Chapter Two: Poverty Reduction since World War II

The end of World War II also led to the creation of institutions concerned with economic development but aid efforts have been embroiled with neo-liberalism, taking the initiative away from national governments and causing serious negative effects, including violent conflict, in some cases. The success of the Marshall Plan in Europe led to unrealistic expectations for the role of aid and the rise of a massive aid system which is now self-perpetuating but ineffective.

Chapter Three: The Atrophy of Charity

Charities generally arise from the idealistic efforts of individuals and may initially focus on challenging authority and achieving fundamental change in the institutions of states. But over time they become inward-looking and concerned with running their own institutions rather than taking risks in challenging authority. In the final phases, as demonstrated by international charities today, the institution becomes dependent on the authorities that they should rightly be challenging.

Chapter Four: Does Aid Work?

It is impossible to answer this question because there are many different views about the purposes for aid, including not only poverty reduction but also Western security, trade and reduction in migration to Western countries. The literature is inconclusive on the question but draws attention to many fundamental risks and failures. Evaluation does not help because it is easily manipulated by aid agencies. The bottom line is that there is no correlation between levels of aid and levels of poverty reduction. The greatest advances have been in China and India which receive very little aid. National governments and local NGOs have become increasingly impatient with the aid system and now look to take the lead on issues of poverty and insecurity.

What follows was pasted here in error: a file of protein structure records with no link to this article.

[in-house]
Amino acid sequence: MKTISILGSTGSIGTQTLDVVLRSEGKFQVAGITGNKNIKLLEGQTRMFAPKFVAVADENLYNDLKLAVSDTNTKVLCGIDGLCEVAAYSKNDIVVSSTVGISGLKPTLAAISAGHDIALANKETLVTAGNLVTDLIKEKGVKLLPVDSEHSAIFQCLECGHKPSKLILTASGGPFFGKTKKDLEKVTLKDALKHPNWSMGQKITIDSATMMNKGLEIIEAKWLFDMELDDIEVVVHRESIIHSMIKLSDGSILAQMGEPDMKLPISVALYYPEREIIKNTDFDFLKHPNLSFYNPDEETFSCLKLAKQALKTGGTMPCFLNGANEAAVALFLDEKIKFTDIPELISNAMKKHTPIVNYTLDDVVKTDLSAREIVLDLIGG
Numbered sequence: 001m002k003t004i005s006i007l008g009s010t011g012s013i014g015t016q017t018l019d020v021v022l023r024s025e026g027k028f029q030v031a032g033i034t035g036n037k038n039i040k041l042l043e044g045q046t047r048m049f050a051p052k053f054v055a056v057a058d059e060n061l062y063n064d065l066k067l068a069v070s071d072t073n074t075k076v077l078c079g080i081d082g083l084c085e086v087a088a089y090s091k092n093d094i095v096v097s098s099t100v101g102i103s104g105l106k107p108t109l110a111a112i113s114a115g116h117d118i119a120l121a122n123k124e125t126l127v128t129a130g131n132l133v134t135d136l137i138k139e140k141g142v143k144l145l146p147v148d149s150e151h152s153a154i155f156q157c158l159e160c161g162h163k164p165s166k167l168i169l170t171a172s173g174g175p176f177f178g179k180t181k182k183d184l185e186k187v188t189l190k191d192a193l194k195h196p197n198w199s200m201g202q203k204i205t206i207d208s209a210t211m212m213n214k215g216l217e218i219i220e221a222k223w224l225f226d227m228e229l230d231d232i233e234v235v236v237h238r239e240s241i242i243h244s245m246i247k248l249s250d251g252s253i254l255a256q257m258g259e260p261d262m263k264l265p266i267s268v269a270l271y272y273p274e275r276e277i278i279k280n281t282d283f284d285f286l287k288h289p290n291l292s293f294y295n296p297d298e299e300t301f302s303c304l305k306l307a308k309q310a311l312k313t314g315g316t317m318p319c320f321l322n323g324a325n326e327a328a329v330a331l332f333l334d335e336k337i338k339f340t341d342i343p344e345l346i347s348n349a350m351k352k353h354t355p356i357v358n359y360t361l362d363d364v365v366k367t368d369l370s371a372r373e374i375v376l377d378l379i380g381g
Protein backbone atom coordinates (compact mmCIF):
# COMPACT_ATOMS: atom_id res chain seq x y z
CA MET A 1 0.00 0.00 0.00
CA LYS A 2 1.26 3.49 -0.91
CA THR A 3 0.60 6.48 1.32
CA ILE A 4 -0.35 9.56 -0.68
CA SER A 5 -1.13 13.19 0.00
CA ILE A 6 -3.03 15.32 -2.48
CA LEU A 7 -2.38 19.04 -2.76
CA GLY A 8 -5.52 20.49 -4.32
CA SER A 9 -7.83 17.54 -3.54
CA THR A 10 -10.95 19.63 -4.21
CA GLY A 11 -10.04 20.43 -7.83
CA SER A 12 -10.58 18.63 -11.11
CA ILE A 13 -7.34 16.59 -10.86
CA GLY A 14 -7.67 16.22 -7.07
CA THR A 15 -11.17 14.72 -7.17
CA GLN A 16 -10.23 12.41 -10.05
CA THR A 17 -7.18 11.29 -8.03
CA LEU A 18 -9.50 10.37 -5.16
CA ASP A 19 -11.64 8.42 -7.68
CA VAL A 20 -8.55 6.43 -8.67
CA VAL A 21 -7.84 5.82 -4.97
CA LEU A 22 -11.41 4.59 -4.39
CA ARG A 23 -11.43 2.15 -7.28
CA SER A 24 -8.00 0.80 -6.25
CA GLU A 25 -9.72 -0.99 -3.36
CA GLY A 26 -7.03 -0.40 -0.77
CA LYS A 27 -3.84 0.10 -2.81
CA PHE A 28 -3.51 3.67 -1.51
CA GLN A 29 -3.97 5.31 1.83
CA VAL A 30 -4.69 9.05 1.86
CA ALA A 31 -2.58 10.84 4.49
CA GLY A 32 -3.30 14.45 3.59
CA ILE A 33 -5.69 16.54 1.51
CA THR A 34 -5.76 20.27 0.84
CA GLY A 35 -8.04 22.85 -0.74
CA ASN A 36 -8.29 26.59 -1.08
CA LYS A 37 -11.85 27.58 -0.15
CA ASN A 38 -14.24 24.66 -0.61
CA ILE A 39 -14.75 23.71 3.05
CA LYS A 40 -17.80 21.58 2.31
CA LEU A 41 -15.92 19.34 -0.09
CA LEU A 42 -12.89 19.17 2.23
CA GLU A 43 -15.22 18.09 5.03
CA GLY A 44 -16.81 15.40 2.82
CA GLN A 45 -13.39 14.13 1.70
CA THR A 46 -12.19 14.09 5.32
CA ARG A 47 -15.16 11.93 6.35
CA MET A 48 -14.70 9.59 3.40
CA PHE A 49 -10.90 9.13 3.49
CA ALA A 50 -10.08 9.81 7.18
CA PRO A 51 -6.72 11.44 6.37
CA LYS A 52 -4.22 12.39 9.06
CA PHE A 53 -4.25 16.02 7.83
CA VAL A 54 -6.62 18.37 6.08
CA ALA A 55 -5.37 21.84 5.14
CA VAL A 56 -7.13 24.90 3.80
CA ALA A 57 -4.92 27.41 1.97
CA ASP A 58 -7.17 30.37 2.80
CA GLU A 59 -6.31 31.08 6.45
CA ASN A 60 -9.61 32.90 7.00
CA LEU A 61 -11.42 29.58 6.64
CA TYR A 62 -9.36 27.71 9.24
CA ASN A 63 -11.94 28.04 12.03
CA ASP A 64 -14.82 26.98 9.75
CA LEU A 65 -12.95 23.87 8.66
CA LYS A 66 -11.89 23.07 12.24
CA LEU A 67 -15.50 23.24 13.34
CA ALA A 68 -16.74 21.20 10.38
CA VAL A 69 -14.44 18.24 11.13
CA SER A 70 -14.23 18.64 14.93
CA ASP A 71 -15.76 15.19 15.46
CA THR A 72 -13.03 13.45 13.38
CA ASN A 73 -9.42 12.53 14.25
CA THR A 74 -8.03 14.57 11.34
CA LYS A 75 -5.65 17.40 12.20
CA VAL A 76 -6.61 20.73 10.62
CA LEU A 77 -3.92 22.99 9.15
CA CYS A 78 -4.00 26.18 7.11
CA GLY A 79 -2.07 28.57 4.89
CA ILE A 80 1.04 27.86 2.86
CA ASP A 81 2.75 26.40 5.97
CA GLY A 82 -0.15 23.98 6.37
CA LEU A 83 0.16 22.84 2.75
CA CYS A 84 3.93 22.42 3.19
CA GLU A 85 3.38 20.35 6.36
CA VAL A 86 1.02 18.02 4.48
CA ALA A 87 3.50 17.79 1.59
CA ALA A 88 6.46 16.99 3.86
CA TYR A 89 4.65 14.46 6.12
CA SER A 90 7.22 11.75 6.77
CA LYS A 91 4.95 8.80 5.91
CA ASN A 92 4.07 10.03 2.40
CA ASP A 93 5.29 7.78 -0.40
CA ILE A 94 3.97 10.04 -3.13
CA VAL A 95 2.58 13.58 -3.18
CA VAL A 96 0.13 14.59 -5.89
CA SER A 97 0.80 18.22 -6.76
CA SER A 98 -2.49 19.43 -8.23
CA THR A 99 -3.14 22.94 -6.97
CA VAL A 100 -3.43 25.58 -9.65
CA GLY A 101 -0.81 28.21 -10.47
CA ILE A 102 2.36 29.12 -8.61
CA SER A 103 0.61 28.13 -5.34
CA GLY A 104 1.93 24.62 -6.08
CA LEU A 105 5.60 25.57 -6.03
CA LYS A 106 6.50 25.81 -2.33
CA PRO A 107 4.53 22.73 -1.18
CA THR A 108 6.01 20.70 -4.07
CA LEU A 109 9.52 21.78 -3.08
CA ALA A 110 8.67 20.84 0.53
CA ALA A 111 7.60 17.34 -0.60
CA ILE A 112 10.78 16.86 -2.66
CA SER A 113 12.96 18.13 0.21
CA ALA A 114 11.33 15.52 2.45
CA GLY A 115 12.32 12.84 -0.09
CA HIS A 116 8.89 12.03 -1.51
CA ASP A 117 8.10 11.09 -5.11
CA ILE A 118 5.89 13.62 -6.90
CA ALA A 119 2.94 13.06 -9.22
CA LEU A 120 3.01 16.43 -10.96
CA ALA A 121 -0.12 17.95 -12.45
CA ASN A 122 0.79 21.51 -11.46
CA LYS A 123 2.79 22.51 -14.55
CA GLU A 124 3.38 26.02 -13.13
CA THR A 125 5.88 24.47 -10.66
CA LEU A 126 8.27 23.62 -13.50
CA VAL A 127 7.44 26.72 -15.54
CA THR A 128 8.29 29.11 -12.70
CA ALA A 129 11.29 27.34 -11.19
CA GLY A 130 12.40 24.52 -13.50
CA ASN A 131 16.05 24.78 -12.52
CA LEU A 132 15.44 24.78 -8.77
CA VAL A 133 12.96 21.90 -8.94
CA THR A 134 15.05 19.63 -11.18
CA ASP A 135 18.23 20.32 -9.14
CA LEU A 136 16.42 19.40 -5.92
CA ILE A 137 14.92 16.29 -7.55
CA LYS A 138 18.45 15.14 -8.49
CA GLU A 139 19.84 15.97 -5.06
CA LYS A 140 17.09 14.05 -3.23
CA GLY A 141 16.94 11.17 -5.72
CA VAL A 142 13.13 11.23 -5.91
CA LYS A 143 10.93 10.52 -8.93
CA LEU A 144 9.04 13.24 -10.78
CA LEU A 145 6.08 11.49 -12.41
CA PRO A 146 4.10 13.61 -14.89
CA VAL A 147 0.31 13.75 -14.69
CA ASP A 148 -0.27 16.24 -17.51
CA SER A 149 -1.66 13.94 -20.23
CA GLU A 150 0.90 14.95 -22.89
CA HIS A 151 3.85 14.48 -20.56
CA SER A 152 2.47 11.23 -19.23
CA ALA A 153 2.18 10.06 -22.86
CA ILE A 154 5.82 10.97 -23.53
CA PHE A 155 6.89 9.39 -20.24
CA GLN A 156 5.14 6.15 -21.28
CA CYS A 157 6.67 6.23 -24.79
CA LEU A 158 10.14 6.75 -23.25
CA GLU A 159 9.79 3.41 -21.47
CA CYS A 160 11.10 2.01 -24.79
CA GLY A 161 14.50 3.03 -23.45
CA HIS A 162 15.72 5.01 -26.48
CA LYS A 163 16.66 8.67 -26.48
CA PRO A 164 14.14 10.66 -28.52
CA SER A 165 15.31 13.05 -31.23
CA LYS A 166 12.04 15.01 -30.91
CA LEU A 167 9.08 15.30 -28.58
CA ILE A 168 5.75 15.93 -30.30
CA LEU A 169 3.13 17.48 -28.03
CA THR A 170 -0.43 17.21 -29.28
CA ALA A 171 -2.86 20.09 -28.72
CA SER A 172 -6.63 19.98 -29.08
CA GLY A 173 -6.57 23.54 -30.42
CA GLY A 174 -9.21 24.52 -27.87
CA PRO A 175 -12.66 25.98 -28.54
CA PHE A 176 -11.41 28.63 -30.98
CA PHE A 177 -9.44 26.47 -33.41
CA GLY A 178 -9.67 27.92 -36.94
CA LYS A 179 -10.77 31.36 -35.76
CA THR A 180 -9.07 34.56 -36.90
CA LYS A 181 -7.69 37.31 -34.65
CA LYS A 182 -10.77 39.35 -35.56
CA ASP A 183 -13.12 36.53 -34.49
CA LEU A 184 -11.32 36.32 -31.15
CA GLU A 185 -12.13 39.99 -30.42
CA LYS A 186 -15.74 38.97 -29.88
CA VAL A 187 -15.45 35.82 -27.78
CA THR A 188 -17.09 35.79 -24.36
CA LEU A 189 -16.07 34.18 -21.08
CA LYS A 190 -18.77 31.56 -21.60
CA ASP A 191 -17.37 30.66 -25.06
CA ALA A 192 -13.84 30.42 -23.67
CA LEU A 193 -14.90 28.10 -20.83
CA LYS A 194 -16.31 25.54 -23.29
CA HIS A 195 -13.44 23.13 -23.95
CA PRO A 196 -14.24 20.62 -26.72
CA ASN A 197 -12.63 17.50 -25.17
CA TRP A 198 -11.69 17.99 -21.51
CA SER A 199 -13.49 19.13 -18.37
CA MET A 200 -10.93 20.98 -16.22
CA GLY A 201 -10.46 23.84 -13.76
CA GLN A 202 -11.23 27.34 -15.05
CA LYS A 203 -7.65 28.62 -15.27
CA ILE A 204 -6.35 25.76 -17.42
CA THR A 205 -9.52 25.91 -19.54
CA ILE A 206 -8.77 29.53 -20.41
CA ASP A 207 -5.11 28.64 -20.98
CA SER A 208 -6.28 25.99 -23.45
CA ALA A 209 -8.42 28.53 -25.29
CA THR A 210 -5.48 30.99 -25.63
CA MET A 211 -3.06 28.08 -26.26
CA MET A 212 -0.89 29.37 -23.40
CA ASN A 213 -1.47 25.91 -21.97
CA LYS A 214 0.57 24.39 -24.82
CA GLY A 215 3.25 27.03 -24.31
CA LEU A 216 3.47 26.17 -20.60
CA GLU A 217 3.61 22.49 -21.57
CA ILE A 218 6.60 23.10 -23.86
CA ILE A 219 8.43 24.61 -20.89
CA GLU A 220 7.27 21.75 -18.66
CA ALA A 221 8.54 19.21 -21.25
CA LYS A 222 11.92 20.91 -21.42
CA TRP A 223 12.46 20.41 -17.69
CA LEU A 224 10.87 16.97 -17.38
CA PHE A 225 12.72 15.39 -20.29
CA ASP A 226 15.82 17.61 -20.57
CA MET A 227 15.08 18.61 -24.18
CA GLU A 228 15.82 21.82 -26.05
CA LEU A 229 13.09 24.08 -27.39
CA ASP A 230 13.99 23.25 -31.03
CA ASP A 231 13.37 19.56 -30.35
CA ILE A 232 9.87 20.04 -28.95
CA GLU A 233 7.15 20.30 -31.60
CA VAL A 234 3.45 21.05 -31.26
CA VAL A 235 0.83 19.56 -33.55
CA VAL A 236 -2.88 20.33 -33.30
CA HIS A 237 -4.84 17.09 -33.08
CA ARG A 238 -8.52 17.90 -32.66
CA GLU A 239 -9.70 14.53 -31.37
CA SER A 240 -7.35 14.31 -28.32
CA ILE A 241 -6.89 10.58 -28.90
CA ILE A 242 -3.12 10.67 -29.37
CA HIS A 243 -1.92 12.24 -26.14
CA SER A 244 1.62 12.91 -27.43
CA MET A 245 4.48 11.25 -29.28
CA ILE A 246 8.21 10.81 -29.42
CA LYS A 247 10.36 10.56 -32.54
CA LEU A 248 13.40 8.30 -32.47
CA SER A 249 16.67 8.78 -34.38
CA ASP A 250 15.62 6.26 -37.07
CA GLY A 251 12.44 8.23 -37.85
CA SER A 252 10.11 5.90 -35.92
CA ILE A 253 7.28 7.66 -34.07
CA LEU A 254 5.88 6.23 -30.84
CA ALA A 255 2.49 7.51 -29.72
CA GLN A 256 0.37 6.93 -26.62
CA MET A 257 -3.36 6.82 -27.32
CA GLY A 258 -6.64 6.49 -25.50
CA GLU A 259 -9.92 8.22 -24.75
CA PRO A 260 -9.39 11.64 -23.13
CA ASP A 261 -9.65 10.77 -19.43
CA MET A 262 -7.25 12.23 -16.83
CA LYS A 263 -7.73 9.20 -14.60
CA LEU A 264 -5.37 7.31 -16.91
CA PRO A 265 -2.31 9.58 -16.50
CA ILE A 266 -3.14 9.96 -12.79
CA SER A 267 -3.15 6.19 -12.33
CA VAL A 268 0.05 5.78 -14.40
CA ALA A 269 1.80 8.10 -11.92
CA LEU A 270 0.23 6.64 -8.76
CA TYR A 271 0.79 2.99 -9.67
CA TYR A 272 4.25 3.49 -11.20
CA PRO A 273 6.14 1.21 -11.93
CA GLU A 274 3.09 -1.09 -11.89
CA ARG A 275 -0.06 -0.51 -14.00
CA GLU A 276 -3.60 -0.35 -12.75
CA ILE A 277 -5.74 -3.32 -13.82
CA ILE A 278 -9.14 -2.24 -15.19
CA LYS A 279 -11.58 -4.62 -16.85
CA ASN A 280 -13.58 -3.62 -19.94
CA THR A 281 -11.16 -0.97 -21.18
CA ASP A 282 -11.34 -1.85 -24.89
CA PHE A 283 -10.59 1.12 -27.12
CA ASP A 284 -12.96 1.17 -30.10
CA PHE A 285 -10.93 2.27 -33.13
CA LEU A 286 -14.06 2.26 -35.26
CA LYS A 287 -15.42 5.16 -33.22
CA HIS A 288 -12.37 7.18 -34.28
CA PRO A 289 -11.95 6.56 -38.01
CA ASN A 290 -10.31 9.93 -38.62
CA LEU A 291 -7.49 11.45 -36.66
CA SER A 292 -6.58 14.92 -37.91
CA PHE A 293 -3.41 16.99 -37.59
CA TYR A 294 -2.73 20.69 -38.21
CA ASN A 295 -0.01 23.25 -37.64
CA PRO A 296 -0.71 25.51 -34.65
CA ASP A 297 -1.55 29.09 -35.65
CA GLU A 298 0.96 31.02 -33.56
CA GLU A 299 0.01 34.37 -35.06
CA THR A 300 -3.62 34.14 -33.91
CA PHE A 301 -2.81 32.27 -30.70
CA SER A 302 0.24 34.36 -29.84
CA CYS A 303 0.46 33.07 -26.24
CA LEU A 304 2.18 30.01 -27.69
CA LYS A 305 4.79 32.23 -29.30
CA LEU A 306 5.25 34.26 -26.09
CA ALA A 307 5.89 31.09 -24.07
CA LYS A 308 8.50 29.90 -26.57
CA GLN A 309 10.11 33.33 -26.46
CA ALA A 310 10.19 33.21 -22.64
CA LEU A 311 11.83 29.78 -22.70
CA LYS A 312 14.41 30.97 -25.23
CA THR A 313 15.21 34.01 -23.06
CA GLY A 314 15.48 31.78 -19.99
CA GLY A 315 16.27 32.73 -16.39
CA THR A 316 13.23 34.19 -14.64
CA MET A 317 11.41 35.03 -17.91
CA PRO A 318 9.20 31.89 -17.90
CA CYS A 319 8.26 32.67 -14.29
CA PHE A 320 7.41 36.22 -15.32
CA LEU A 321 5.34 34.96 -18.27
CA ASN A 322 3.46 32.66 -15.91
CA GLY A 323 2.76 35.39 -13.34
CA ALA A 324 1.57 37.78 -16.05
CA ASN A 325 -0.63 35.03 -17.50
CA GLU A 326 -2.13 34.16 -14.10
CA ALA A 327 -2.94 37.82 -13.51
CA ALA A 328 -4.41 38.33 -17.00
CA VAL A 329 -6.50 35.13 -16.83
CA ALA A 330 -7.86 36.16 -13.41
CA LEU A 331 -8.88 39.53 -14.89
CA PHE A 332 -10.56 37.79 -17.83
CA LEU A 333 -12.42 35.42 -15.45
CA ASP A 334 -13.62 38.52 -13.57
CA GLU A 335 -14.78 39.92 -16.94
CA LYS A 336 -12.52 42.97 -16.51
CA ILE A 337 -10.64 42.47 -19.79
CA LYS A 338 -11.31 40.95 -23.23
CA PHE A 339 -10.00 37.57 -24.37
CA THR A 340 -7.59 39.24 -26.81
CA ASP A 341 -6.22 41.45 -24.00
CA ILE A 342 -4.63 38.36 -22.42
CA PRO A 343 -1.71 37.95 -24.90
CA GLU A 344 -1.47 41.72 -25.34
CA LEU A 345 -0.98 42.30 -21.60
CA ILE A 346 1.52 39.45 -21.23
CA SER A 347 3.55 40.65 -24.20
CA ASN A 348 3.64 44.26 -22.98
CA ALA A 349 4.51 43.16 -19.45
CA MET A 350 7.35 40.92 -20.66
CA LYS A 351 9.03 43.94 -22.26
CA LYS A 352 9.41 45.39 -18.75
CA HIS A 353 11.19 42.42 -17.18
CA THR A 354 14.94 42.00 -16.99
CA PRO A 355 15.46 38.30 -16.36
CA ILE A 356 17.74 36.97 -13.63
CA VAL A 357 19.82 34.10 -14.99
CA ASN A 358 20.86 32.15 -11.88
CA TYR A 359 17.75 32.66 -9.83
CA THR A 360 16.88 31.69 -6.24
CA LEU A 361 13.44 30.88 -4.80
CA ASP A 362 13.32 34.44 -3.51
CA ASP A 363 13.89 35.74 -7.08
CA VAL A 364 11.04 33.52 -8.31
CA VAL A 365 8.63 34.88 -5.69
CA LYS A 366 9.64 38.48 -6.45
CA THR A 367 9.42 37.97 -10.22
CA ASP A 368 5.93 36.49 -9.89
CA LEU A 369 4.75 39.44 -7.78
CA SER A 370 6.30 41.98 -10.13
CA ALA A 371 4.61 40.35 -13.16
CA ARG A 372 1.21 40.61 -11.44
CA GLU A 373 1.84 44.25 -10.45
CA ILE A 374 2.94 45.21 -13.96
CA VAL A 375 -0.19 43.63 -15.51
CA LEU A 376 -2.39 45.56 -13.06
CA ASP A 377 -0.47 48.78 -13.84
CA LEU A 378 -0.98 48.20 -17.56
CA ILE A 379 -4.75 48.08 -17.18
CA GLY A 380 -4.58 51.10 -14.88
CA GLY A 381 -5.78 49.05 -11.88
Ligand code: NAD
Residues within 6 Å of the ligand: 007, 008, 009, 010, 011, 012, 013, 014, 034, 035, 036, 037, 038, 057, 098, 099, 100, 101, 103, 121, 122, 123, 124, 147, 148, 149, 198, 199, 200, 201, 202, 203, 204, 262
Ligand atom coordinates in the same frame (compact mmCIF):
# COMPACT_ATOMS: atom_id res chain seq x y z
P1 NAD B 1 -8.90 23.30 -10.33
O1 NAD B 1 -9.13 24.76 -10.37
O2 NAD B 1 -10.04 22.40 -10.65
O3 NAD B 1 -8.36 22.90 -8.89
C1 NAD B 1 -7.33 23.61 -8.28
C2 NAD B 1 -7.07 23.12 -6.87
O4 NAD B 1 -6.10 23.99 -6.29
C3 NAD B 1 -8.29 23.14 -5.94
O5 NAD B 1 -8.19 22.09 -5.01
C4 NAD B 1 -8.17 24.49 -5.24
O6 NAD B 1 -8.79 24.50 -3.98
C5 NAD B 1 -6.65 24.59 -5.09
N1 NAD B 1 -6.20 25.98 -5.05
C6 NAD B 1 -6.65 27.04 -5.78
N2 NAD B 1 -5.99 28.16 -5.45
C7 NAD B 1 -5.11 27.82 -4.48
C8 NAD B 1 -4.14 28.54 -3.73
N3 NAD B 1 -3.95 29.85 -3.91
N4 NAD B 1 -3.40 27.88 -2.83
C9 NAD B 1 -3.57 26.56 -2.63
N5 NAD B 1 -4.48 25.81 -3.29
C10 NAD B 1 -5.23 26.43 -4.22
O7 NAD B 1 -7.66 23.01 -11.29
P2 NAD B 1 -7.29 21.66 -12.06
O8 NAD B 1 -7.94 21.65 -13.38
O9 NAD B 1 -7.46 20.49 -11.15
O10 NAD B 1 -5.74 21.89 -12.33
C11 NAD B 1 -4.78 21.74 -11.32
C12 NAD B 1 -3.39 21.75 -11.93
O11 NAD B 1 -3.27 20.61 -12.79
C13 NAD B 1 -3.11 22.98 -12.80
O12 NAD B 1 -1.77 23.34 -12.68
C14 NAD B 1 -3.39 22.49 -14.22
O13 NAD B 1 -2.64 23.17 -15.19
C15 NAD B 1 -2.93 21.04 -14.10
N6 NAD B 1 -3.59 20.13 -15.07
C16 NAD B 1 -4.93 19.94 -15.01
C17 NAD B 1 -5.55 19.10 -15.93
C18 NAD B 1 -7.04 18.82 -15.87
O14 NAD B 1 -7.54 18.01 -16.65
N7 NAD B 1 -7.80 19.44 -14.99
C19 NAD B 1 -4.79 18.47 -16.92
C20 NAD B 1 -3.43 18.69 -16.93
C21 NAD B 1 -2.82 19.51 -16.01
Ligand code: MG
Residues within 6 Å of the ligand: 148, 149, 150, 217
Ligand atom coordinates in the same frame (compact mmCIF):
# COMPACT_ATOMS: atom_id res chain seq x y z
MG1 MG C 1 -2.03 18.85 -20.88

Chapter Five: Patronage, Poverty and Violence

Governments in poorer countries tend to reflect The reality of governance in poorer countries is often based on patronage systems. These have positive and negative aspects but have generally been ignored or bypassed by the aid system with disastrous results. Aid is not a sensitive enough instrument to cope with the difficulties of parallel patronage and formal governance systems. It cannot change because political pressures and resource flows make it a top-down process. In particular the pressure to reduce overhead costs has made aid a dangerous instrument in tense and unstable situations. In a number of important examples, aid has caused or exacerbated violence.